Capitalism, globalisation and international collaboration spread prosperity and growth – and shipping has a vital role to play in this process, Guy Platten said in his address to the annual Scottish Shipping Benevolent Association (SSBA) dinner in Glasgow last night.
“Even though the world has never traded more, it seems like once again we have to defend trade, free markets and capitalism itself from those who would seek to tear them down,” the UK Chamber CEO said.
His address coincides with new research that says the world’s top 60 economies have adopted more than 7,000 protectionist trade measures since the financial crisis, according to data compiled from the World Bank, Heritage index and Global Trade Alert.
“Protectionism, whether in the UK, in the EU, the USA or anywhere else, will see trade fall and that extraordinary progress reversed. We must now allow it to,” Guy said.
“So when we are arguing for change from government, when we are recruiting young seafarers or taking care of old ones and their families, let us remember – the success or otherwise of the shipping industry is about more than our bottom line alone.
“When we say we are important to the economy, it cannot just be about patting ourselves on the back. It means we accept the responsibility that comes it. To connect people. To treat our seafarers well. To invest in our future. To argue for the things we need from government. And to take our place at the heart of the economic and political debate.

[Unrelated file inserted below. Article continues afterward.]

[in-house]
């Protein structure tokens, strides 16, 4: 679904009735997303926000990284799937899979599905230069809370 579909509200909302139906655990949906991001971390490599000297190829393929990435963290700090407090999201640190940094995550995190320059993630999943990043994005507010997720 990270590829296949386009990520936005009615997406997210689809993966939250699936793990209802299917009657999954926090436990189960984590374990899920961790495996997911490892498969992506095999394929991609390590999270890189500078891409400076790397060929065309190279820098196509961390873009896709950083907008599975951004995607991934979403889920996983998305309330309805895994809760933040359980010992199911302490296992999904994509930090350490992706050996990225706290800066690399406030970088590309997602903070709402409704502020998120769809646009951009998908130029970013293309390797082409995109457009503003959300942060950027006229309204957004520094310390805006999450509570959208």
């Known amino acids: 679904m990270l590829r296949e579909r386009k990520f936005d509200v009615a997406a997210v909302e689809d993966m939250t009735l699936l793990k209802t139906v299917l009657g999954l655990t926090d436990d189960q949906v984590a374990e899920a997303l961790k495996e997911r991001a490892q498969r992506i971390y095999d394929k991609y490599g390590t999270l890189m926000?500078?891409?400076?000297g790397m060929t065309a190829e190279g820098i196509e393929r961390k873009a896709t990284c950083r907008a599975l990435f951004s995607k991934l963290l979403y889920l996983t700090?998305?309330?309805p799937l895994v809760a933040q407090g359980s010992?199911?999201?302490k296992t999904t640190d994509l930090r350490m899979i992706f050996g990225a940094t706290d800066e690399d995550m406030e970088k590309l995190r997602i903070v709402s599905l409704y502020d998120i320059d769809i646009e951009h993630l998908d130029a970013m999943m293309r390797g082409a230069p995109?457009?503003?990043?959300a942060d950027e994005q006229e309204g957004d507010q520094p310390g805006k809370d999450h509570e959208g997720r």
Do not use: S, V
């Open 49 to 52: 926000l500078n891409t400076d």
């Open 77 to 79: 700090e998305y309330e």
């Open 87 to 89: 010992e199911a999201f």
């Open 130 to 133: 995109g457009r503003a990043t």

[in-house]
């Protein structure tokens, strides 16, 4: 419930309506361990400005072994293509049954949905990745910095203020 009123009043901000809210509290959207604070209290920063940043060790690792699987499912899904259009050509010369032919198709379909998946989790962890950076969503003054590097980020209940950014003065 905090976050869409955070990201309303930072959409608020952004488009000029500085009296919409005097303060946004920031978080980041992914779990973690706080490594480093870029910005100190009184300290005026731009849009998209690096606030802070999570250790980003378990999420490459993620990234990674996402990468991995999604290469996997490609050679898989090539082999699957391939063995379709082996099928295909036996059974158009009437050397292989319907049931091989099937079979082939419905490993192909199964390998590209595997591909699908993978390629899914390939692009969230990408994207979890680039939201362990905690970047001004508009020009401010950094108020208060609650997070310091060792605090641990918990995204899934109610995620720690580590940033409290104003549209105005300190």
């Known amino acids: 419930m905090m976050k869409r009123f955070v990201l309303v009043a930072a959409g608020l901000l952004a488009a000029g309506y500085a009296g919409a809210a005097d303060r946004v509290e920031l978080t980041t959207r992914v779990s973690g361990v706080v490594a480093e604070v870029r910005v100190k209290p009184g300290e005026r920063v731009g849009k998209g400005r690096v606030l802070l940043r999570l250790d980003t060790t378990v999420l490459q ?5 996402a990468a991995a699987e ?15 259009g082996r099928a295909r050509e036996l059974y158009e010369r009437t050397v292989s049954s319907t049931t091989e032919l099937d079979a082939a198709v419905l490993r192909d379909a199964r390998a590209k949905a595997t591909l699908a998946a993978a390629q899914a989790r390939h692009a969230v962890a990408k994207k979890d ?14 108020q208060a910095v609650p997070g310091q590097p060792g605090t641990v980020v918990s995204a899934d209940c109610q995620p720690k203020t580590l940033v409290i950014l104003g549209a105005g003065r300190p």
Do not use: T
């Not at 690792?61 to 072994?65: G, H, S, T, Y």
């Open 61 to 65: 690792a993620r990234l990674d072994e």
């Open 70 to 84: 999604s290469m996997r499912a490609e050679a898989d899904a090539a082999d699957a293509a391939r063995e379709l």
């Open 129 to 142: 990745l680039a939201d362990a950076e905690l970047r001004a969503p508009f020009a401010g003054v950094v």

“The future of trade is too important to be left to others to decide.”
Guy noted that the UK’s shipping community no longer exists in a bubble, congratulating itself like “an industry whose best days lay behind it”. Instead, he noted, “the UK Government is listening to maritime voices like never before”.
Shipping, he argued, has opened up and is influencing policymakers through the work of bodies like the UK Chamber, Maritime UK and the Scottish Maritime Cluster.
“We are making progress. But we have so much more to do. And I am clear, I want us to become a bold, confident and ambitious industry,” Guy told the charity dinner.
“We are not a niche sector with a niche set of interests. We are fundamental to the British way of life and we are putting ourselves on a path to ensure we become every bit as influential and high-profile as car manufacturing or professional services,” Guy said.